In January 1999, when OpenSees was known as G3, Prof. Fenves created G2 for teaching nonlinear structural analysis in CE 221 at UC Berkeley. G2 was written in MATLAB with an architecture similar to G3.
I took CE 221 and used G2 for the homework assignments, but after a few years I lost the code. Oh well, these things happened in the days before cloud-based storage.
I wrote G2 off as G3’s long lost sibling, reminiscent of the 1988 film Twins starring Arnold Schwarzenegger and Danny DeVito as twins separated at birth after a genetic experiment yielded unexpected results.
Fast forward to October 2019. One of my good graduate school friends invited me to give a seminar at his university. After the seminar, we got to talking about OpenSees, then the conversation turned to CE 221 and G2. I asked my friend if he kept the G2 source code and he said “Yes, it’s right here on my laptop.” After wiping away my amazement at his archiving skills, I offered up a memory stick and he dragged and dropped.
After I returned home, I took a trip down memory lane. G2 includes linear-elastic, small displacement truss and beam-column elements and there are a couple of material nonlinear truss elements. The material nonlinear beam-column elements include the two-component model and displacement-based and force-based distributed plasticity formulations. Fiber-discretized cross-sections are implemented for wide-flange shapes with bilinear stress-strain response. There is also a geometrically nonlinear elastic truss element.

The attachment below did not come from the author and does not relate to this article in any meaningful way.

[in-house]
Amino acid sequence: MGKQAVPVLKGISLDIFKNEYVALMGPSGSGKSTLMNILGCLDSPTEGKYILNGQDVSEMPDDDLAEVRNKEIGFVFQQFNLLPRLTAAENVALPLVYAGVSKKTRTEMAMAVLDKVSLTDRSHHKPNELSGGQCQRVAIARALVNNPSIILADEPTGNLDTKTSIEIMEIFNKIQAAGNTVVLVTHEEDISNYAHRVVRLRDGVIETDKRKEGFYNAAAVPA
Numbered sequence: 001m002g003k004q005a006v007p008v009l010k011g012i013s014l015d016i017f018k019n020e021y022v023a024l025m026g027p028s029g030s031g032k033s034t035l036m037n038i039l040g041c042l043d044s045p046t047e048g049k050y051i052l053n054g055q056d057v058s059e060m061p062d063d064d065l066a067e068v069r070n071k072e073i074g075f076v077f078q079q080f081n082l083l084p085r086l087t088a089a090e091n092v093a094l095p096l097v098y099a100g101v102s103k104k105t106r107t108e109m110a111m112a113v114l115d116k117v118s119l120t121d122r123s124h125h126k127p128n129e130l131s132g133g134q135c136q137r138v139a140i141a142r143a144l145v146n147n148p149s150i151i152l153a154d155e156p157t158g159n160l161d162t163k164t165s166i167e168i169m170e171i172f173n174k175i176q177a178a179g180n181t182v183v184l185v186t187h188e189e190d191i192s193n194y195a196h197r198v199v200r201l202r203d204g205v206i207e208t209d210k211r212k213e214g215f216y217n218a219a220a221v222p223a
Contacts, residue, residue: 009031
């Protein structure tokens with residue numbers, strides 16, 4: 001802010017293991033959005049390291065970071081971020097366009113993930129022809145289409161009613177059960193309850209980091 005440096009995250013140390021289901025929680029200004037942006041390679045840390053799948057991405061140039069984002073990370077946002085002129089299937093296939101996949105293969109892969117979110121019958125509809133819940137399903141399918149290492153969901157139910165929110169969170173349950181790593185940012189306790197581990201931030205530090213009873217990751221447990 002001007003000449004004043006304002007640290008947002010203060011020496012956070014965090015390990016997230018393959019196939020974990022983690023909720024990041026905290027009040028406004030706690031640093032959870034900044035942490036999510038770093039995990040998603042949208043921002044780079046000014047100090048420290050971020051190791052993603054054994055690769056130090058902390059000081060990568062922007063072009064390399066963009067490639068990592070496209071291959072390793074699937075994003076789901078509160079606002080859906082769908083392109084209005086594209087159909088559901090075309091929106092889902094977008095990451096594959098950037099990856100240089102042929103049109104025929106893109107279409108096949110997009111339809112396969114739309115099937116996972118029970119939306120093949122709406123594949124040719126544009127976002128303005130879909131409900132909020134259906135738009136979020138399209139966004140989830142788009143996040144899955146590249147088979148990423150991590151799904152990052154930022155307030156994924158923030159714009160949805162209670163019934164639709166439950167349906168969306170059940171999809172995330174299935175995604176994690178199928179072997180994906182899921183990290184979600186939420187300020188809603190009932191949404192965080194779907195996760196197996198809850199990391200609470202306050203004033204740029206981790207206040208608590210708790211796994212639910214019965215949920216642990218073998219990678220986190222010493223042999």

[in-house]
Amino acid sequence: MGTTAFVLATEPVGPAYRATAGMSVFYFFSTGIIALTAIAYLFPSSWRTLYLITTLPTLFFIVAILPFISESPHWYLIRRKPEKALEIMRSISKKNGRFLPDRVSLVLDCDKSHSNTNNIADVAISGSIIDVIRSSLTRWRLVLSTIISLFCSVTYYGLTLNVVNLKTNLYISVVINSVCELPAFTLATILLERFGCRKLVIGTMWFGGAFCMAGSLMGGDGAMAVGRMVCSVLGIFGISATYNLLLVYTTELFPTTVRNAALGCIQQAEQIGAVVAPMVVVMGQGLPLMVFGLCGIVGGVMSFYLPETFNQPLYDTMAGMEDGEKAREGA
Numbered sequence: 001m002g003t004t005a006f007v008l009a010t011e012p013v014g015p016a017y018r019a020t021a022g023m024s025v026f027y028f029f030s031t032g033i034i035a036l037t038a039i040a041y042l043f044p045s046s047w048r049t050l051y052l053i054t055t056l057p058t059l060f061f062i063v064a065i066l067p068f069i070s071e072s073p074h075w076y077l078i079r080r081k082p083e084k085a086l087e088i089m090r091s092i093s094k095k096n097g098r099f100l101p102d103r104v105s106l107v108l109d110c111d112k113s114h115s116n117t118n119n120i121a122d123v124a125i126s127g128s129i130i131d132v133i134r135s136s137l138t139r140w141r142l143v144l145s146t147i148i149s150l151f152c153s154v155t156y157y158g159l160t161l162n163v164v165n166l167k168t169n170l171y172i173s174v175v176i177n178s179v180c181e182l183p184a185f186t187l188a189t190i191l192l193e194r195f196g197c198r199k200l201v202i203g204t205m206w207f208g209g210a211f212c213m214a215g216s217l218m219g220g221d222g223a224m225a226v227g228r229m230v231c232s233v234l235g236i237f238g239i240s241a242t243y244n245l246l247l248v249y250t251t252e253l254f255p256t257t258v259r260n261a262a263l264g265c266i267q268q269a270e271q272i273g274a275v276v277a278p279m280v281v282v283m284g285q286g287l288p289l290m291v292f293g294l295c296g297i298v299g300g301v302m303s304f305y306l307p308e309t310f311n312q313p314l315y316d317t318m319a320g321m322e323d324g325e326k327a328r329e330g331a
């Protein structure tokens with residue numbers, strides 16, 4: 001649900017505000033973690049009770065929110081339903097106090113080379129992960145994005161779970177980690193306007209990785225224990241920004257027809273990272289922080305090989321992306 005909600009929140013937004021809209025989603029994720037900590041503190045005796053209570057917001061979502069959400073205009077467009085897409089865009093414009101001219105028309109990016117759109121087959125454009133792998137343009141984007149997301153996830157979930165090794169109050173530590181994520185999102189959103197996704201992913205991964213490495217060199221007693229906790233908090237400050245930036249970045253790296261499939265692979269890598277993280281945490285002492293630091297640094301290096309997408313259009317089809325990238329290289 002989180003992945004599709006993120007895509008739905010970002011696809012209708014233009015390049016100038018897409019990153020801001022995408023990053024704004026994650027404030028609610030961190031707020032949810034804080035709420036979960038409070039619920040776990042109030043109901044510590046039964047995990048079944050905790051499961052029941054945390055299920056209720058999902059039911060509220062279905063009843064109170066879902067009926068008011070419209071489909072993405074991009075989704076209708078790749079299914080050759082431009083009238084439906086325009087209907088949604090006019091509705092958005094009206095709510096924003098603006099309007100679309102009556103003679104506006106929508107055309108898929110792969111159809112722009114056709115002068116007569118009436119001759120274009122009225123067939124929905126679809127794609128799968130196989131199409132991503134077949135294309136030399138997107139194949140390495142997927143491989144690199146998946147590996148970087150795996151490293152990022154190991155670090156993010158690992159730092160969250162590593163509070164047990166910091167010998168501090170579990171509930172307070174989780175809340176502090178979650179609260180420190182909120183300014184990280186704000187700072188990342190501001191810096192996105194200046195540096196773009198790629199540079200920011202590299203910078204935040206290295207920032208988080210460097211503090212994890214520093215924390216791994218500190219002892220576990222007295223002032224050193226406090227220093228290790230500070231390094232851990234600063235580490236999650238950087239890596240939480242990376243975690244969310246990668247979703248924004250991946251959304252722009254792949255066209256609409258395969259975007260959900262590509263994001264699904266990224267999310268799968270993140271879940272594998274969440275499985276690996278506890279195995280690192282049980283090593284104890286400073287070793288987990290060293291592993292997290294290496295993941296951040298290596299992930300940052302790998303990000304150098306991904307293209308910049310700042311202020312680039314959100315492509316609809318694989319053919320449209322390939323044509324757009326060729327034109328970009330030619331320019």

Newton-Raphson and Modified Newton are the available solution algorithms. These can be used with a variable step load-control static integrator. It’s MATLAB, so the solver is the ‘slash’ operator–no need for options there.
Considering G2 was written for MATLAB v5.0, I was a little surprised it ran so smoothly on MATLAB v9.5 (R2018b). The only hiccup was adding the G2 directory to the MATLAB path.
To ensure I don’t lose the G2 code again, I created a repository on GitHub after securing the appropriate permissions. You can read more about the element formulations and solution strategies in the source files. Clone it, fork it, give it a try–it may be useful for your research. I’ll accept pull requests if you would like to share examples or contribute new functionality.
The title of this post is taken from the tagline of Twins. Here is the scene where the twins see each other for the first time since birth.